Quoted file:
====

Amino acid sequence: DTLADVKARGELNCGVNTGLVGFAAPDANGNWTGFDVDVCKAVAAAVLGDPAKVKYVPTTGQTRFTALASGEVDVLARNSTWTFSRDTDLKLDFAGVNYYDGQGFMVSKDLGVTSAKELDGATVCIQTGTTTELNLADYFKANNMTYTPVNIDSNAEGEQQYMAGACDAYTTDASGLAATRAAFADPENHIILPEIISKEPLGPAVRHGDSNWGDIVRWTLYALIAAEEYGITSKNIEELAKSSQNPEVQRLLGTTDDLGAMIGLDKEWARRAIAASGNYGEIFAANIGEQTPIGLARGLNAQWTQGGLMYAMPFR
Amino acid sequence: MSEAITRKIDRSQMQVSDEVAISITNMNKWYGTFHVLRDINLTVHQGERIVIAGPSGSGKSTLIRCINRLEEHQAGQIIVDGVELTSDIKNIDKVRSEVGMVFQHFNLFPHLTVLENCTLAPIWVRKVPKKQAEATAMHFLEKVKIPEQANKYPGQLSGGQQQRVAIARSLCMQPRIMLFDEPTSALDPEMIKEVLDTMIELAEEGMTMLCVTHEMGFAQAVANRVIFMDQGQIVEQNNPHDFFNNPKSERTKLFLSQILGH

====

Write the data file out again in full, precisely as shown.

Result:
Amino acid sequence: DTLADVKARGELNCGVNTGLVGFAAPDANGNWTGFDVDVCKAVAAAVLGDPAKVKYVPTTGQTRFTALASGEVDVLARNSTWTFSRDTDLKLDFAGVNYYDGQGFMVSKDLGVTSAKELDGATVCIQTGTTTELNLADYFKANNMTYTPVNIDSNAEGEQQYMAGACDAYTTDASGLAATRAAFADPENHIILPEIISKEPLGPAVRHGDSNWGDIVRWTLYALIAAEEYGITSKNIEELAKSSQNPEVQRLLGTTDDLGAMIGLDKEWARRAIAASGNYGEIFAANIGEQTPIGLARGLNAQWTQGGLMYAMPFR
Amino acid sequence: MSEAITRKIDRSQMQVSDEVAISITNMNKWYGTFHVLRDINLTVHQGERIVIAGPSGSGKSTLIRCINRLEEHQAGQIIVDGVELTSDIKNIDKVRSEVGMVFQHFNLFPHLTVLENCTLAPIWVRKVPKKQAEATAMHFLEKVKIPEQANKYPGQLSGGQQQRVAIARSLCMQPRIMLFDEPTSALDPEMIKEVLDTMIELAEEGMTMLCVTHEMGFAQAVANRVIFMDQGQIVEQNNPHDFFNNPKSERTKLFLSQILGH